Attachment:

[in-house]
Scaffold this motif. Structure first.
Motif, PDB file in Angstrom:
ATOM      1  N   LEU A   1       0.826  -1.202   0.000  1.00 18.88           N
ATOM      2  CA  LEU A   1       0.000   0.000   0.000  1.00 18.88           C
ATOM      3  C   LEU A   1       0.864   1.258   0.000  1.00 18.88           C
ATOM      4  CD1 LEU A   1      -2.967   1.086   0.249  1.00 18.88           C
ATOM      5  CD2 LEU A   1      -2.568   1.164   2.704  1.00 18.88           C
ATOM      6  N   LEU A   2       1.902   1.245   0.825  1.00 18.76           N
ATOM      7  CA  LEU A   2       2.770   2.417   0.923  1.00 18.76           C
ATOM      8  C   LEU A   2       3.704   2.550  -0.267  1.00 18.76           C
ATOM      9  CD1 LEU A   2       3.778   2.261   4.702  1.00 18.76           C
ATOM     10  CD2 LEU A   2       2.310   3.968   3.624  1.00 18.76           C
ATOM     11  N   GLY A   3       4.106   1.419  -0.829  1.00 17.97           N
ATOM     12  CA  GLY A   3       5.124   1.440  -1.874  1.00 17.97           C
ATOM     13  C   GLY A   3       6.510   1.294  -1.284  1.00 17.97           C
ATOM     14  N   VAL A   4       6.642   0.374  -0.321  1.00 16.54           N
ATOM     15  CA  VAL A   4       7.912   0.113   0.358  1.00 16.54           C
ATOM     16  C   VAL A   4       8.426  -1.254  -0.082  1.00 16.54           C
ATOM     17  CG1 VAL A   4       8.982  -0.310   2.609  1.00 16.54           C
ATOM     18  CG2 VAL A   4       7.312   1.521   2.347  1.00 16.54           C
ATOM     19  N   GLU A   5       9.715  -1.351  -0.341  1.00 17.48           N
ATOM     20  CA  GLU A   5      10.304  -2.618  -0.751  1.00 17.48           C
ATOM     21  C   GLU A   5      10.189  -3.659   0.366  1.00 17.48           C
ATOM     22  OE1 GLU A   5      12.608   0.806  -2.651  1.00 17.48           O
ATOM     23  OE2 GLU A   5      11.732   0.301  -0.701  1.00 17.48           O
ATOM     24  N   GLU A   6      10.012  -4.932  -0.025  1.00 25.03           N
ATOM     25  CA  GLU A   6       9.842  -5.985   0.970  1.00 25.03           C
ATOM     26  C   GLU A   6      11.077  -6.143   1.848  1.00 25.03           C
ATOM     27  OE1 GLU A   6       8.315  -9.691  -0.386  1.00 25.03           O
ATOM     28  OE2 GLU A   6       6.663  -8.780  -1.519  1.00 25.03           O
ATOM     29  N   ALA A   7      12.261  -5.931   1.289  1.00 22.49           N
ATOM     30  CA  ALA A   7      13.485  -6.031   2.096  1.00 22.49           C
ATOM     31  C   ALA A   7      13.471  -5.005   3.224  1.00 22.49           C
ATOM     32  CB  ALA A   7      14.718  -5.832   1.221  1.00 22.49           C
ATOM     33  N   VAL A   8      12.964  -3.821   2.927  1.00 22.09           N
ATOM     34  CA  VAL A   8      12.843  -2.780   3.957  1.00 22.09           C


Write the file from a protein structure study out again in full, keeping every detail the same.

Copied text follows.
[in-house]
Scaffold this motif. Structure first.
Motif, PDB file in Angstrom:
ATOM      1  N   LEU A   1       0.826  -1.202   0.000  1.00 18.88           N
ATOM      2  CA  LEU A   1       0.000   0.000   0.000  1.00 18.88           C
ATOM      3  C   LEU A   1       0.864   1.258   0.000  1.00 18.88           C
ATOM      4  CD1 LEU A   1      -2.967   1.086   0.249  1.00 18.88           C
ATOM      5  CD2 LEU A   1      -2.568   1.164   2.704  1.00 18.88           C
ATOM      6  N   LEU A   2       1.902   1.245   0.825  1.00 18.76           N
ATOM      7  CA  LEU A   2       2.770   2.417   0.923  1.00 18.76           C
ATOM      8  C   LEU A   2       3.704   2.550  -0.267  1.00 18.76           C
ATOM      9  CD1 LEU A   2       3.778   2.261   4.702  1.00 18.76           C
ATOM     10  CD2 LEU A   2       2.310   3.968   3.624  1.00 18.76           C
ATOM     11  N   GLY A   3       4.106   1.419  -0.829  1.00 17.97           N
ATOM     12  CA  GLY A   3       5.124   1.440  -1.874  1.00 17.97           C
ATOM     13  C   GLY A   3       6.510   1.294  -1.284  1.00 17.97           C
ATOM     14  N   VAL A   4       6.642   0.374  -0.321  1.00 16.54           N
ATOM     15  CA  VAL A   4       7.912   0.113   0.358  1.00 16.54           C
ATOM     16  C   VAL A   4       8.426  -1.254  -0.082  1.00 16.54           C
ATOM     17  CG1 VAL A   4       8.982  -0.310   2.609  1.00 16.54           C
ATOM     18  CG2 VAL A   4       7.312   1.521   2.347  1.00 16.54           C
ATOM     19  N   GLU A   5       9.715  -1.351  -0.341  1.00 17.48           N
ATOM     20  CA  GLU A   5      10.304  -2.618  -0.751  1.00 17.48           C
ATOM     21  C   GLU A   5      10.189  -3.659   0.366  1.00 17.48           C
ATOM     22  OE1 GLU A   5      12.608   0.806  -2.651  1.00 17.48           O
ATOM     23  OE2 GLU A   5      11.732   0.301  -0.701  1.00 17.48           O
ATOM     24  N   GLU A   6      10.012  -4.932  -0.025  1.00 25.03           N
ATOM     25  CA  GLU A   6       9.842  -5.985   0.970  1.00 25.03           C
ATOM     26  C   GLU A   6      11.077  -6.143   1.848  1.00 25.03           C
ATOM     27  OE1 GLU A   6       8.315  -9.691  -0.386  1.00 25.03           O
ATOM     28  OE2 GLU A   6       6.663  -8.780  -1.519  1.00 25.03           O
ATOM     29  N   ALA A   7      12.261  -5.931   1.289  1.00 22.49           N
ATOM     30  CA  ALA A   7      13.485  -6.031   2.096  1.00 22.49           C
ATOM     31  C   ALA A   7      13.471  -5.005   3.224  1.00 22.49           C
ATOM     32  CB  ALA A   7      14.718  -5.832   1.221  1.00 22.49           C
ATOM     33  N   VAL A   8      12.964  -3.821   2.927  1.00 22.09           N
ATOM     34  CA  VAL A   8      12.843  -2.780   3.957  1.00 22.09           C